However, it does underscore the idea that, to me, clean eating is a goal one should work toward most of the time. It can function well as a sort of quick nutrition detox, but it seems unsustainable as a long-term habit for most people. For me, enjoying a few processed things here and there is what makes life delicious—and doing so every once in a while allows us to be mindful about our indulgences without feeling restricted or self-punishing. Also, some processed foods, like whole grain breads, can still be ok for you in moderation.

I won’t hop on the clean-eating lifestyle any time soon, but I will adopt some of its tenets, say, 80 percent of my time. 80/20 rule! Eat healthy 80 percent of the time and enjoy anything 20 percent of the time. Because I will never give up my late-night waffles.

6 Reasons Why You’re Not Building Muscle

So you’ve been busting your you-know-what in the weight room for months now, and the coveted muscle you’ve been working for is still M.I.A. What’s the deal?

The idea is that when you put resistance on your muscles (say in the form of a dumbbell or barbell), they adapt over time by producing more of the proteins inside of them that help them contract. And that leads to larger muscles. In science speak, this gain in muscle size is called ‘hypertrophy.’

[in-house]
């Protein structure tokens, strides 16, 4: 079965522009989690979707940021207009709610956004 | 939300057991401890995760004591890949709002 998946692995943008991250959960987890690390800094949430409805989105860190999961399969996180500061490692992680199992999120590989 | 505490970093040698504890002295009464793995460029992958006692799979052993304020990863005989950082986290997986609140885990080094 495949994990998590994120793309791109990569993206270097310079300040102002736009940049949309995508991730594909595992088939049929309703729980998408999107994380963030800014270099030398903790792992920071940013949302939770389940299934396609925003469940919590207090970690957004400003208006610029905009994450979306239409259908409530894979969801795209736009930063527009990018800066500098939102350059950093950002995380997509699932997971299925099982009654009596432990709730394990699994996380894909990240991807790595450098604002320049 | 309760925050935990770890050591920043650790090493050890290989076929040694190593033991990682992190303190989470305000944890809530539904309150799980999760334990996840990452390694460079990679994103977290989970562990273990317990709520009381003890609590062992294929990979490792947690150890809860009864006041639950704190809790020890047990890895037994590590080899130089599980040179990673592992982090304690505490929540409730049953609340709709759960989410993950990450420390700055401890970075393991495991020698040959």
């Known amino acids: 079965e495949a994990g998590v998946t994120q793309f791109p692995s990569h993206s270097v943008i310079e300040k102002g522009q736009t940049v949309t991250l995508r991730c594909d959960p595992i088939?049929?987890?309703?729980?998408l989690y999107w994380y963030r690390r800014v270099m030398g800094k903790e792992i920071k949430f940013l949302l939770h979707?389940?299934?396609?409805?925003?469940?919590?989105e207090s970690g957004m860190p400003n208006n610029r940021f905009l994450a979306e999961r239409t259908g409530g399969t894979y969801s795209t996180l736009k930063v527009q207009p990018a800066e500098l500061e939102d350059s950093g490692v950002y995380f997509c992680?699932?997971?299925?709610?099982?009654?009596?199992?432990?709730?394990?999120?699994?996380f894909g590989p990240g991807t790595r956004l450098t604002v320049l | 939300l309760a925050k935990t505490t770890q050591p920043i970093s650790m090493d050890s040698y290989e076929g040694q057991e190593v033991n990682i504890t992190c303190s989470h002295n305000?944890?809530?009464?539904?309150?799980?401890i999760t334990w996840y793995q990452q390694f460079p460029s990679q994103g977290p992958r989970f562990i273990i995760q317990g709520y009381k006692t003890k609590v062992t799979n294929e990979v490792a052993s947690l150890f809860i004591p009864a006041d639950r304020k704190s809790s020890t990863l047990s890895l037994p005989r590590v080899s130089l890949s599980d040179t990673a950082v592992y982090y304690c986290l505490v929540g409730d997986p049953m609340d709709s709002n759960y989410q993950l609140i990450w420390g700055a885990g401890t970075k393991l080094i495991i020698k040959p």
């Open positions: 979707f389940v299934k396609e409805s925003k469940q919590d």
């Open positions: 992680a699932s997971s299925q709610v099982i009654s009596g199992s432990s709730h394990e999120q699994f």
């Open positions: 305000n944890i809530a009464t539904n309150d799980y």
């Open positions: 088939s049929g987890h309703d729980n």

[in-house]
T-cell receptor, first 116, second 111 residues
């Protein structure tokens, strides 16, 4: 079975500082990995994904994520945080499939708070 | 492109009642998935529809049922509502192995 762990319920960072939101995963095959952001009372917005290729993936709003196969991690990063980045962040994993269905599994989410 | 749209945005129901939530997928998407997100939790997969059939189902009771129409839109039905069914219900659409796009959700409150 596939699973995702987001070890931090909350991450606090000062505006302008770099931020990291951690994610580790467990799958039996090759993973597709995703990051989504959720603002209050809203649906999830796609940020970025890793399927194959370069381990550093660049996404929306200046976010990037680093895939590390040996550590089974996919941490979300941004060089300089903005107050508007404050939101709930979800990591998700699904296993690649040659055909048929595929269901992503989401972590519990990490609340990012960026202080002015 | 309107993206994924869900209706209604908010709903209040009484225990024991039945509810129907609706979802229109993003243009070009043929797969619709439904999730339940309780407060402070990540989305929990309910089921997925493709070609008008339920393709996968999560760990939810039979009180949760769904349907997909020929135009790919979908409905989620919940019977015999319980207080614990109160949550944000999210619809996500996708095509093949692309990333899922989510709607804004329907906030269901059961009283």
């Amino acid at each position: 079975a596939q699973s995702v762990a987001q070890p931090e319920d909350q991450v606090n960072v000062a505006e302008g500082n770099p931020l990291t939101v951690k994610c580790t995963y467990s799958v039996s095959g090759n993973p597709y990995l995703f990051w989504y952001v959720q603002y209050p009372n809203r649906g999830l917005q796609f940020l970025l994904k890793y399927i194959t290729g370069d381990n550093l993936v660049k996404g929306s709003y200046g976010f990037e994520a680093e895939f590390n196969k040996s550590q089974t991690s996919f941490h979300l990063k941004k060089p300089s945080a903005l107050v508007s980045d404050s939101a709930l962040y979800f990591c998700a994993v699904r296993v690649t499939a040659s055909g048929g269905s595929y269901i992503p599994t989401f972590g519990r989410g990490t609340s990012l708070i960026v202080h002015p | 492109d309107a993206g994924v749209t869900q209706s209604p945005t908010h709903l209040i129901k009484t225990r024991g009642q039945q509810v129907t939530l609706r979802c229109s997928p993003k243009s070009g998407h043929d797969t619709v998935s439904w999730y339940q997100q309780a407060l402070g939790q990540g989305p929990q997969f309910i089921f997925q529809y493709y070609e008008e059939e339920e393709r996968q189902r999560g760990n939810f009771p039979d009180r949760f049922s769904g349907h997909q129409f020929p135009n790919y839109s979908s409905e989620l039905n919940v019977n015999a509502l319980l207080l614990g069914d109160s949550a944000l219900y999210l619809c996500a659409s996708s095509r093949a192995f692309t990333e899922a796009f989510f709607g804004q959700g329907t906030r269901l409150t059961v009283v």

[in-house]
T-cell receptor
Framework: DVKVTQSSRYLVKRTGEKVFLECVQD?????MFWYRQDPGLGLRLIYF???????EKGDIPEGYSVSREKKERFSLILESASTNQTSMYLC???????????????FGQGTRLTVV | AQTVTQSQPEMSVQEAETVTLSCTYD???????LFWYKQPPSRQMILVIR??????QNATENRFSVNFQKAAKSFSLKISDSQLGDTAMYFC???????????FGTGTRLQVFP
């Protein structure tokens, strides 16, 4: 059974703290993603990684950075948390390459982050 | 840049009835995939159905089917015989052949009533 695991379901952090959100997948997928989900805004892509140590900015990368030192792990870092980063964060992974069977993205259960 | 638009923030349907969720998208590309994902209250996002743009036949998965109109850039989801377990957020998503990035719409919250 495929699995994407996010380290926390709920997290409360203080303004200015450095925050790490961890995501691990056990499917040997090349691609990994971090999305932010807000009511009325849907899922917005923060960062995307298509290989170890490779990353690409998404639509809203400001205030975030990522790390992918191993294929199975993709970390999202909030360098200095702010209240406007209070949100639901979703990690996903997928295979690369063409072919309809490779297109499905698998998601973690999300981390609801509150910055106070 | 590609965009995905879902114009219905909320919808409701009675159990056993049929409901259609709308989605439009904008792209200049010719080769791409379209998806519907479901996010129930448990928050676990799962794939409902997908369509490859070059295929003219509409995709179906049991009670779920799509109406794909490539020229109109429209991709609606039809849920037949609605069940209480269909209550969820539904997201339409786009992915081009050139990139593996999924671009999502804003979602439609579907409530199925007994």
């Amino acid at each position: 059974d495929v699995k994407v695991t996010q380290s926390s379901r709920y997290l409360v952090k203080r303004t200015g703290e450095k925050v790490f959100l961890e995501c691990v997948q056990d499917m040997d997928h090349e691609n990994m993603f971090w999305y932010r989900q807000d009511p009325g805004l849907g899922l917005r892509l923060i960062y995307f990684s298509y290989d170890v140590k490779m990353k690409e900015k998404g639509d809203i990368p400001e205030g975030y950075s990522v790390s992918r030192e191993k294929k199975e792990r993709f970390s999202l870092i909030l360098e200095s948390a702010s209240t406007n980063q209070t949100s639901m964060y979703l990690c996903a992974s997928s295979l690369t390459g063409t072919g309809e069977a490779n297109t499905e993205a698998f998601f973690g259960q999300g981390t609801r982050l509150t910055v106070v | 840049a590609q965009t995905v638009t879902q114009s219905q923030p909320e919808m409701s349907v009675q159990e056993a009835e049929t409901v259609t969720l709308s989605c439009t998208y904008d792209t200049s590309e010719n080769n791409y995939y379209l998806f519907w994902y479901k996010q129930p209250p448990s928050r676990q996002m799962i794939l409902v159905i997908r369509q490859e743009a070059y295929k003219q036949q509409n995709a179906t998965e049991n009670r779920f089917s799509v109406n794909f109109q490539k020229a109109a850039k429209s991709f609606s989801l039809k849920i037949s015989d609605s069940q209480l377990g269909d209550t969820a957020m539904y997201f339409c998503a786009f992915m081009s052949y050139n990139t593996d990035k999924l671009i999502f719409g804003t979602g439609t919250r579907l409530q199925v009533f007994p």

Here’s the thing, though: The equation is a little more complicated than ‘lift weights equals get big.’ From nutrition to workout design to plain ol’ genetics, there are a number of factors that might be standing between you and building muscle.

But there’s hope for you yet! Here are six of the most common muscle-building saboteurs—and what you can do to finally start making gains.

1. You’re Doing Too Many Reps

If your goal is to build muscle, you need to apply enough stimulus to your muscles to force them to grow.